This report summarises the findings from a 2013 Sustainability Appraisal (SA) of a draft version Scotland’s National Marine Plan (NMP). SA of the draft plan is required by the UK Marine and Coastal Access Act (2009). The environmental component of the SA is also required under Directive 2001/42/EC and the Environmental Assessment (Scotland) Act 2005. The SA has considered the potential social, economic and environmental effects of the draft plan, and alternatives to the plan.
Questions this practice may help answer
- What are the potential social, economic and environmental effects of the Plan?
- How is Strategic Environmental Assessment (SEA) applied to MSP?
- How are interactions between different policies assessed?
This report was undertaken in 2013 to inform refinement of the draft National Marine Plan. The NMP provides policy guidance for the development of 11 Regional Marine Plans, being developed by Regional Marine Planning Partnerships (RMPPs). SA identifies the likely socio-economic and environmental impacts of plans and policies, and alternatives to them. Taking place at an early stage in the plan preparation process, it ensures that decision making is informed by relevant environmental and socio-economic information. SA provides opportunities for the public to consider this information and use it to inform their views on the draft plan or policy.
Costs / Funding Source
Scottish Government, costs not known.
Aspects / Objectives
The report was undertaken to address the requirements of the UK Marine and Coastal Access Act 2009, the Strategic Environmental Assessment (SEA) Directive 2001/42/EC and the Environmental Assessment (Scotland) Act 2005.
This is a strategic-level appraisal of national-level planning policies and sectoral objectives and policies, which broadly assesses their expected effects. A series of key questions (‘sustainability appraisal objectives’) is used to structure the assessment. Information about the existing marine environment has been used to inform the appraisal and define these appraisal objectives. The appraisal identifies the individual and collective effects of the draft plan’s policies and objectives on: the economy (including other users of the sea); communities, population and human health; and environmental features.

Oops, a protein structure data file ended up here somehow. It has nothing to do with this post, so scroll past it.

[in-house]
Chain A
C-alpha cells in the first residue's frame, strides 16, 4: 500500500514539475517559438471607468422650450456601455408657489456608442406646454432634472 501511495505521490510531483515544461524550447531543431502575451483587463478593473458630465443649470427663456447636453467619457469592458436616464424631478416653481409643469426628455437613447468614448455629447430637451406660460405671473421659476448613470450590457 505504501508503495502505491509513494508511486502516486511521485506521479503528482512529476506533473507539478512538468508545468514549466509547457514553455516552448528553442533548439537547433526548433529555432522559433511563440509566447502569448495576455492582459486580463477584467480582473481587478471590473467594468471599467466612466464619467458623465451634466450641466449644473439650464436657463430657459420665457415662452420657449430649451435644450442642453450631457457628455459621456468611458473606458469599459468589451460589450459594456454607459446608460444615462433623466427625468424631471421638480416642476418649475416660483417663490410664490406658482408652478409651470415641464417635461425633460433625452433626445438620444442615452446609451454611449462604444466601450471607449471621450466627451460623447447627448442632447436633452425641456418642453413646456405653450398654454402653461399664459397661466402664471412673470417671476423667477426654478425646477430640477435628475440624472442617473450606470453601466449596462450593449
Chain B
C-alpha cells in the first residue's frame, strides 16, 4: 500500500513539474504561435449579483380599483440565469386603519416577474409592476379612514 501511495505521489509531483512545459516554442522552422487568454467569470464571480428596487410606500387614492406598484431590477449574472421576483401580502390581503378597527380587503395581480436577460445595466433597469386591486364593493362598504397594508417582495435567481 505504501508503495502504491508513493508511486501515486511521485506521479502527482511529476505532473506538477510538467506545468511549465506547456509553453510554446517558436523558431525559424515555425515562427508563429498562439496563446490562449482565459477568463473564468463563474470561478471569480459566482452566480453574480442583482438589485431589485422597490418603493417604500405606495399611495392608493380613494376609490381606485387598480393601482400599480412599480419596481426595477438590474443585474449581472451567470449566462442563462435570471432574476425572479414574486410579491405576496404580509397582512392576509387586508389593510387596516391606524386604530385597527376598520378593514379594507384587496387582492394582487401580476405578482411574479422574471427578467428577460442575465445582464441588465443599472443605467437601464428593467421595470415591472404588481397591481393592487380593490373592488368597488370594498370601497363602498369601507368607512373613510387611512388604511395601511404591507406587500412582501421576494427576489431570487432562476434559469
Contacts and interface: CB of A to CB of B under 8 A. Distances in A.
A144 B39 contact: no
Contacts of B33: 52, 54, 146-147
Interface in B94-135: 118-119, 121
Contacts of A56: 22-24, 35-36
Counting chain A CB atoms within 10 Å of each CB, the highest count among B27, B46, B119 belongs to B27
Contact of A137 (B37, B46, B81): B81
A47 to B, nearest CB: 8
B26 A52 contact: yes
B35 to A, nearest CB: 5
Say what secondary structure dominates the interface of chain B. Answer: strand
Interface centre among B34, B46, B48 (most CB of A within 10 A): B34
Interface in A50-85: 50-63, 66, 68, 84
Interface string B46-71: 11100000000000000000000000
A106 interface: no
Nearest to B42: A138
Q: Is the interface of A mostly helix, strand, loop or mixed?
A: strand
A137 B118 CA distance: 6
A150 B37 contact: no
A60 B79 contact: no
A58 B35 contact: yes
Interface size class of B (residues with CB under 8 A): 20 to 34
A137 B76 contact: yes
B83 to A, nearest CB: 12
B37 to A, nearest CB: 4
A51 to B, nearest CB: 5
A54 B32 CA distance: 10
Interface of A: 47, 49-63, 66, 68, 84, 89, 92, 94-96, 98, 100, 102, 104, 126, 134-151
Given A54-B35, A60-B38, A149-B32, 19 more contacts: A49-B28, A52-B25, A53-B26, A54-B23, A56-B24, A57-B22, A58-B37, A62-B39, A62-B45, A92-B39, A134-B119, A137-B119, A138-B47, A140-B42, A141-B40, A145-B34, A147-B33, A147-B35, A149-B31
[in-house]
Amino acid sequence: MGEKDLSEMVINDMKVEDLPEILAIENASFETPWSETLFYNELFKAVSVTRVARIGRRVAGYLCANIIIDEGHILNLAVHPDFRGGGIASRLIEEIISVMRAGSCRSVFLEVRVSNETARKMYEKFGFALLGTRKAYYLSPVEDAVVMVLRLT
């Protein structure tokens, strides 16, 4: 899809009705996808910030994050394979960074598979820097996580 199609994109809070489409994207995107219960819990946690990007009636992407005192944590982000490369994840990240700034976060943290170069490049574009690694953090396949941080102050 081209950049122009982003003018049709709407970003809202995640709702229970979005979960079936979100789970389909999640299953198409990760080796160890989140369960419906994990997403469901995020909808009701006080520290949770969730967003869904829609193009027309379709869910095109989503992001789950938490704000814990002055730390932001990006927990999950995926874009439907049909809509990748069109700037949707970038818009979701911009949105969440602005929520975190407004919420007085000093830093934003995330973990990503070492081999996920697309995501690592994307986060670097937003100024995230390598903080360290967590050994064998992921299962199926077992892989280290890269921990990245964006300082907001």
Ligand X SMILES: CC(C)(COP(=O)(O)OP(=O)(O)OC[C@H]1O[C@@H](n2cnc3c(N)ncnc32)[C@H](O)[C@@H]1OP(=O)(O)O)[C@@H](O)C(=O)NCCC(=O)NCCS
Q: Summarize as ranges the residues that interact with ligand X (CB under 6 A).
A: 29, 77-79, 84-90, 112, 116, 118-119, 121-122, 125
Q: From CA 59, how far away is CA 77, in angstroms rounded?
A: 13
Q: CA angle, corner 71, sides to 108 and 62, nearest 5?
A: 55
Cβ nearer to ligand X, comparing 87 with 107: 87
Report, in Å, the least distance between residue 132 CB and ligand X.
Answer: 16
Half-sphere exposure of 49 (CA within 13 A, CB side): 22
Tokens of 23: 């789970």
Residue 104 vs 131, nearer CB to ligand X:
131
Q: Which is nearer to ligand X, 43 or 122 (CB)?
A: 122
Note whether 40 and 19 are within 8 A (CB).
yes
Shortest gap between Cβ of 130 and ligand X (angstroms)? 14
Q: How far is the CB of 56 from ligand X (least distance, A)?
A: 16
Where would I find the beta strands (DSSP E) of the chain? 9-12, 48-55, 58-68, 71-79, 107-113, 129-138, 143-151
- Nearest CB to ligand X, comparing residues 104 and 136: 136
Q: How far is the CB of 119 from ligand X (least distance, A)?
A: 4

The appraisal identifies positive and negative effects, including ‘cumulative’ effects. The assessment has been systematic, and the findings are recorded in a series of tables. The significant impacts are described in detail in the Sustainability Appraisal Report.
The alternative approaches to the preparation of the draft NMP were considered at the start of and during the marine planning process, and these have been assessed by the SA.
Main Outputs / Results
June 2013, full Report here: http://www.gov.scot/Resource/0042/00428327.pdf
The objectives and policies of the draft NMP recognise and address the potential for effects on biodiversity, while recognising that the NMP will work in conjunction with the overall legislative and policy framework for the marine environment. Many recognise the need for development and use to be sustainable. In addition, some sectors include policies to deal with specific issues. For example, the policies for sea fisheries focus on managing fishing to ensure sustainability of fish stocks.
The objectives and policies of the draft NMP recognise and address the potential for effects on the historic environment, water, air quality, seascape / landscape, climate and marine sediments, but conclude that the policies and current legislation should interact in such a way that significant effects are not expected.
In terms of socio-economic effects, these are considered to be largely positive. The cross-cutting and sector-specific policies of the two policy frameworks will work to avoid and, where appropriate, reduce the potential adverse effects of development on coastal and marine communities (including social effects) and on the coastal and marine environment.
It is noted that much will depend on the implementation of the cross-cutting and sectoral policies, and the regional marine planning system will have a crucial role to play in this regard, as will marine licensing and town and country planning.
The report is specific to Scotland, but is of interest in the application of Sustainability Appraisal, the SEA Directive and how to evaluate the impacts of cross-cutting policies.
The Scottish Government
St Andrew’s House